3)Whether it is gluten that’s the culprit, FODMAPs, wheat germ agglutinin (WGA), bacterial overgrowth, yeast overgrowth, or something yet undiscovered causing bloating, gas, pain, motility problems and inflammation, it is a misrepresentation of the results of the study to say that wheat containing gluten had no real effect on the 37 subjects studied. Otherwise, why conclude that a low FODMAP diet, which by definition would not include wheat, was helpful? Which brings me to
4)If eliminating wheat from the diet is a recommendation resulting from this 2013 study (as indicated on the Monash University Gastroenterology Department’s Website), then isn’t that the important thing we need to know for patients to be healthy? In fact, a gluten-free diet would put these subjects closer to the suggested diet than a traditional one so whether or not you want to disparagingly label it a fad, a gluten-free regimen in these cases would be more helpful than harmful.
It is good for researchers to reexamine the issue. It is good to keep our minds open about the results. It will be normal for quite some time for scientists to present what appear to be conflicting results from studies. We are in an early phase of this research game. Eventually, the pieces of the puzzle will fall together and we can say more definitively what is causing certain symptoms for certain people. In the meantime, the preponderance of research indicates that eliminating at least wheat and rye from the diet is beneficial to those who suffer from gastrointestinal pain, bloating, nausea, and motility issues.
Why not use common sense and stay away from the foods while the experts sort out the specifics?
From Monash University’s website: http://www.med.monash.edu/cecs/gastro/fodmap/diet.html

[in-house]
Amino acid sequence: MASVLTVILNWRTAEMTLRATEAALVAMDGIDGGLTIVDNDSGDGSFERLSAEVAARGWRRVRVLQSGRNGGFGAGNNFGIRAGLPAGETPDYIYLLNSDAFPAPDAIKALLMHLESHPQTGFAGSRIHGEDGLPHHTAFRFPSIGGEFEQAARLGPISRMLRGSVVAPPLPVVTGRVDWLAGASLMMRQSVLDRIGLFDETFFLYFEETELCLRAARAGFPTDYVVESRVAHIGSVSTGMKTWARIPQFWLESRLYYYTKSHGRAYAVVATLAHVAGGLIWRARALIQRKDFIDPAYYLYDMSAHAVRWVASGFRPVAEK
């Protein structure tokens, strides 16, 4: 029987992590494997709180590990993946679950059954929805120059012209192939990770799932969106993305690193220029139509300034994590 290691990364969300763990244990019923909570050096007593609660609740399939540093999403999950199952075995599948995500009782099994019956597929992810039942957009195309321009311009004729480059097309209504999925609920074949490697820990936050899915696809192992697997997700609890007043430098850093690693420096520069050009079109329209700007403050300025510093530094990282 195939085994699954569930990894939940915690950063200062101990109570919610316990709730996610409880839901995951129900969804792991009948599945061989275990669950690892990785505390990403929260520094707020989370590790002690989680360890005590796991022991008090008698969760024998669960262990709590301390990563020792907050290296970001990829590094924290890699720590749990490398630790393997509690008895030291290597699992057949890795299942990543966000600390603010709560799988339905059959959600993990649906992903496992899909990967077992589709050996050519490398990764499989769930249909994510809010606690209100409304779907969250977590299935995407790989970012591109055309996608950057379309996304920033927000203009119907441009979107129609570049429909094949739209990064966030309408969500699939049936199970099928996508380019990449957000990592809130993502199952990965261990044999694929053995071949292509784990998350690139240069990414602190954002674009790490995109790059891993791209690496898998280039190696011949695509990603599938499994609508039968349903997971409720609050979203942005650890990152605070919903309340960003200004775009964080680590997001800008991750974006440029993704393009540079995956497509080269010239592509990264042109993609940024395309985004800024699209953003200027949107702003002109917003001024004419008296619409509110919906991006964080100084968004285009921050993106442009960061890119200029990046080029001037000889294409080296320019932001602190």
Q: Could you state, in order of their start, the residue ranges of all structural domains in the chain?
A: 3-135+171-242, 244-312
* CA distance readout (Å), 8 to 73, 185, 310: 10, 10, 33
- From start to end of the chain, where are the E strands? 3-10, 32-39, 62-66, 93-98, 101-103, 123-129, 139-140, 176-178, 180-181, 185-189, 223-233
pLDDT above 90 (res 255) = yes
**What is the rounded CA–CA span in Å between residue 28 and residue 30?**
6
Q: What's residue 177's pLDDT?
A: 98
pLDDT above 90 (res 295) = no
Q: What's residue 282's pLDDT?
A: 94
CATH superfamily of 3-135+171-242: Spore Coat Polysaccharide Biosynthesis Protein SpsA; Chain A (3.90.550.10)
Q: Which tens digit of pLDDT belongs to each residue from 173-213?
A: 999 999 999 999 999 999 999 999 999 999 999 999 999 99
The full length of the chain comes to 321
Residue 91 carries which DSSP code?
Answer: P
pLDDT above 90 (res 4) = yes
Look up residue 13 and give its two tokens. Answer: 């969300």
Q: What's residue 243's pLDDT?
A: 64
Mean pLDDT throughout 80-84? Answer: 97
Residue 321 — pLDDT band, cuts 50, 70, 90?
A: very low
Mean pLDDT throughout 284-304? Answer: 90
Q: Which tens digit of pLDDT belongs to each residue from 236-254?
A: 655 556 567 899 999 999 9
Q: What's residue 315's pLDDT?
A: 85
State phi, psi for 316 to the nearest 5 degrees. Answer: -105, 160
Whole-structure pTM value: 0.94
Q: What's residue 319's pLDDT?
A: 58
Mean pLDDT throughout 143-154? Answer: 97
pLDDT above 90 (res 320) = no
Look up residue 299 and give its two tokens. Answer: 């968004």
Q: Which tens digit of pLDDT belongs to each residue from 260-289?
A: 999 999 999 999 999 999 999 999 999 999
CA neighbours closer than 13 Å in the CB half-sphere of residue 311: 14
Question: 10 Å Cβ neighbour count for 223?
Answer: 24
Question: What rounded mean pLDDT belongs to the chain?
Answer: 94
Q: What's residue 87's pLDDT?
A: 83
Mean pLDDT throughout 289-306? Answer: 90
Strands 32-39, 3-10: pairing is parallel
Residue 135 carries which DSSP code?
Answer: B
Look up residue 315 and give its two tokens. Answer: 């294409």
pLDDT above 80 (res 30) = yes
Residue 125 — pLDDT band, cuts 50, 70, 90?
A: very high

Sample Low FODMAP meal ideas
Editor’s note: Notice that Dr. Gibson’s department recommends gluten-free items below.
Gluten-free or spelt toast with vegemite, strawberry jam (sweetened with sucrose)
Cereal (oats, porridge, cornflakes*, rice bubbles*)
Tea or coffee (lactose-free milk if you have lactose malabsorption)
Serve of suitable low FODMAP fruit
* add oat or rice bran for extra dietary fibre
Gluten-free or spelt sandwich with fillings (ham/salad, tuna/ salad, cheese/salad, egg/ lettuce)
Soup homemade with low FODMAP vegetables
Fresh salads with dressing (olive oil, lemon juice) and plain meat
Gluten-free pizza with low FODMAP vegetable toppings
Meat/fish/tofu plus low FODMAP vegetables/ salad plus potato/rice/gluten-free pasta/rice noodles
One serve of suitable fruit (cantaloupe, banana, grapes, strawberries, orange)
Yoghurt (lactose-free if you have lactose malabsorption)
Gluten-free biscuits and cakes
And for you conspiracy theorists:
Disclosure of Material Connection: I have not received any compensation for writing this post. I have no material connection to the brands, products, or services that I have mentioned. I am disclosing this in accordance with the Federal Trade Commission’s 16 CFR, Part 255: “Guides Concerning the Use of Endorsements and Testimonials in Advertising.”